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Our Business Transformation Deputy Commissioner Greg James shares his insights on the transformation journey.

Transformation vs change

Transformational change is not a single change event. Nor is it incremental.

It is a set of major changes for customers and employees where the impact is both wide and deep.

Transformational change is more than just technology and digital disruption, it can be a once-in-a generation opportunity to reinvent and to grow.

The key differences between change and transformation are:

Change Transformation
Shorter term Multi year
Limited number of systems All systems – policy, process, people and customers
Narrow and shallow All of organisation
Policy or process or people Fundamental rethink
Driver for change generally comes from within the organisation Driver for change generally comes from within the organisation
Incremental improvement with small gap between current and future states Wide and deep
Catch up or leap forward with a large gap between current and future states

Business models must be underpinned by:

  • modern technologies
  • systemic process improvements
  • new, flexible, and agile ways of working
  • scaling of digital customer channels inherent in digital transformation.

But these things alone do not define a transformation.

Although transformations take a long time from start to finish, they need to run at pace, with clear deliverables along the way to show progress and build confidence. To avoid failing or being downsized, spend time understanding why the good transformations do not fail and look to repeat that success.

If you are a government agency, get multi-year funding – this is non-negotiable!

Coexistence as you transform

Transformational change is multi-year and must co-exist alongside business-as-usual activity. The need to coexist with the old world as you build the new world is immediate.

If you are a government agency you will have the added challenge of coexisting with the Government of the day. Ministers will want, or may need, to make changes to your transformation. You must work closely with your Minister to build the change into your programme, to reduce risk around delivery and avoid confusion over changes to previously published outcomes. Coexistence is not just about technology, it is also about people, processes, and the organisational change. All of this creates complexity and adds to oversight, governance, and management. This is by far one of, if not the most difficult challenge faced by many transformations.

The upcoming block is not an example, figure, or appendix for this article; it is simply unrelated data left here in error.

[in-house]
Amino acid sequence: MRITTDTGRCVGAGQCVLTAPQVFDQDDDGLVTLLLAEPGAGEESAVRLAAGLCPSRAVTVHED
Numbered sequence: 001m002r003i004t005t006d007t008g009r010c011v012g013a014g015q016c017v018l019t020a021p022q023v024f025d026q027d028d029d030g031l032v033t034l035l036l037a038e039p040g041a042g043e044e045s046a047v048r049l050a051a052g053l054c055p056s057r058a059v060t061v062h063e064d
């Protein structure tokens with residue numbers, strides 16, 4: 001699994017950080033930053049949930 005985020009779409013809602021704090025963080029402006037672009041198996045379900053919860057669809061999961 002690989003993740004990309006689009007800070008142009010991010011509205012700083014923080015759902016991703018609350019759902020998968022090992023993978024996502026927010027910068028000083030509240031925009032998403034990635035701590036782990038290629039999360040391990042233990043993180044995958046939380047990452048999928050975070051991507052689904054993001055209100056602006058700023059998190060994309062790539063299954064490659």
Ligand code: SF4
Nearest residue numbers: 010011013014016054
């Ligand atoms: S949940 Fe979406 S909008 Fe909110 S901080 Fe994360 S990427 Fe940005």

Our people

Transformative changes are disruptive and at times emotionally tough on your people – the soft stuff is the hard stuff.

Tensions between wide-ranging stakeholders means you will inevitably disappoint some along the way. It’s not going to be a popularity contest.

The culture of the organisation can be a block. Use less jargon and be pragmatic but expect that it’s going to be hard to win the trust of your people.

Change management 101 tells us that you need to repeat the same messages 100s of times and even then, do not expect that everyone will see it in the same way.

Some people may never buy in, and it can often be the ones that have given undivided loyalty in the past.

Understand and respect the past but focus on the future.

Greg's insights for delivery


You must have a CEO that understands the size of transformational change and is prepared to lead from the top.

The CEO must lead, and success will require the strength of leaders to hold their nerve through constant resistance and the high-risk demands before them.

Start with the assumption that most executives have experienced change, but they have not experienced 'transformational change'.

You need to consider if you have the right team at the top as these are not easy journeys.

The executive team must be on the same page. If they are not, then you may need to let some go gracefully.

Executive teams will need to devote significant time to the transformation journey. It is not something that can be delegated.

Bring transformational experience to the top table. It requires specific experience, and whilst good executives can and will learn on the way, asking them to lead from the start increases the risk of failure.

You also need to bring transformational change expertise into your wider programme. Hire a team of experts to augment the internal teams - this is essential as you need experience on your side of the table.

You can and will partner up with external consultancies, but you must understand that they are working for their company, not yours!


The right methods, plans, foundations and skills

Establish clear methods - a 'one-size-fits-all' will not work in most instances. Be prepared to adapt and mix things up to get the right blend.